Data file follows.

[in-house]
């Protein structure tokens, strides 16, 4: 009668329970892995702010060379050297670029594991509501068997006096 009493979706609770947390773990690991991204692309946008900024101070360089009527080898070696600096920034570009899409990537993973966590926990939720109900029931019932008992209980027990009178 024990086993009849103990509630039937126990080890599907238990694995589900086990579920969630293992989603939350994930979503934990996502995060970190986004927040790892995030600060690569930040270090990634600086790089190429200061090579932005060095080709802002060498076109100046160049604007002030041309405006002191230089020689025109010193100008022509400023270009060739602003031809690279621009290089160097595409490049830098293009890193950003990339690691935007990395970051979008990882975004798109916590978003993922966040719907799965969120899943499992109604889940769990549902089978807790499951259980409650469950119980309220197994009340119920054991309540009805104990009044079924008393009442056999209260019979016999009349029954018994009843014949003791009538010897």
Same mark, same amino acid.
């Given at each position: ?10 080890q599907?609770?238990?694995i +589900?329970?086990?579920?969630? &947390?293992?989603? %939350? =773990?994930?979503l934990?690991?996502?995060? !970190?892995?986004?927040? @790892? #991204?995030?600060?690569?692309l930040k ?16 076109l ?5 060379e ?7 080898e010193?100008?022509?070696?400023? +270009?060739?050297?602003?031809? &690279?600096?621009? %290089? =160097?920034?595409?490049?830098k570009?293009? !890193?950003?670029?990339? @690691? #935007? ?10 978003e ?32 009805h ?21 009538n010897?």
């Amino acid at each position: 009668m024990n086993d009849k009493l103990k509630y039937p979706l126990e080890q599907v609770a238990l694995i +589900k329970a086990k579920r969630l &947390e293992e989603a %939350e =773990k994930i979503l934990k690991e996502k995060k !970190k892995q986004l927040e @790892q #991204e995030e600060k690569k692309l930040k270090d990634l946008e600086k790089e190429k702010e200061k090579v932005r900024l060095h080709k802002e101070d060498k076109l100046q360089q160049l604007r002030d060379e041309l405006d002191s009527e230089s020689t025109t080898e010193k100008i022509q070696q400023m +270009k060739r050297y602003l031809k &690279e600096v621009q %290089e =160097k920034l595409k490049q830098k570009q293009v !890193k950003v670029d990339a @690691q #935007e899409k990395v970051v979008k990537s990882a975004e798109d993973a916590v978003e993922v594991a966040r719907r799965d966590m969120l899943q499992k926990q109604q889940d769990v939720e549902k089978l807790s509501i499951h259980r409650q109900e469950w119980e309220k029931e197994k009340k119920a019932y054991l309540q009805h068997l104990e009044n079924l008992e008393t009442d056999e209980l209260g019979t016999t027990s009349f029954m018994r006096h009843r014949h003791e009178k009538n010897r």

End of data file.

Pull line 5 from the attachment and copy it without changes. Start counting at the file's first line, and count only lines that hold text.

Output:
């Amino acid at each position: 009668m024990n086993d009849k009493l103990k509630y039937p979706l126990e080890q599907v609770a238990l694995i +589900k329970a086990k579920r969630l &947390e293992e989603a %939350e =773990k994930i979503l934990k690991e996502k995060k !970190k892995q986004l927040e @790892q #991204e995030e600060k690569k692309l930040k270090d990634l946008e600086k790089e190429k702010e200061k090579v932005r900024l060095h080709k802002e101070d060498k076109l100046q360089q160049l604007r002030d060379e041309l405006d002191s009527e230089s020689t025109t080898e010193k100008i022509q070696q400023m +270009k060739r050297y602003l031809k &690279e600096v621009q %290089e =160097k920034l595409k490049q830098k570009q293009v !890193k950003v670029d990339a @690691q #935007e899409k990395v970051v979008k990537s990882a975004e798109d993973a916590v978003e993922v594991a966040r719907r799965d966590m969120l899943q499992k926990q109604q889940d769990v939720e549902k089978l807790s509501i499951h259980r409650q109900e469950w119980e309220k029931e197994k009340k119920a019932y054991l309540q009805h068997l104990e009044n079924l008992e008393t009442d056999e209980l209260g019979t016999t027990s009349f029954m018994r006096h009843r014949h003791e009178k009538n010897r």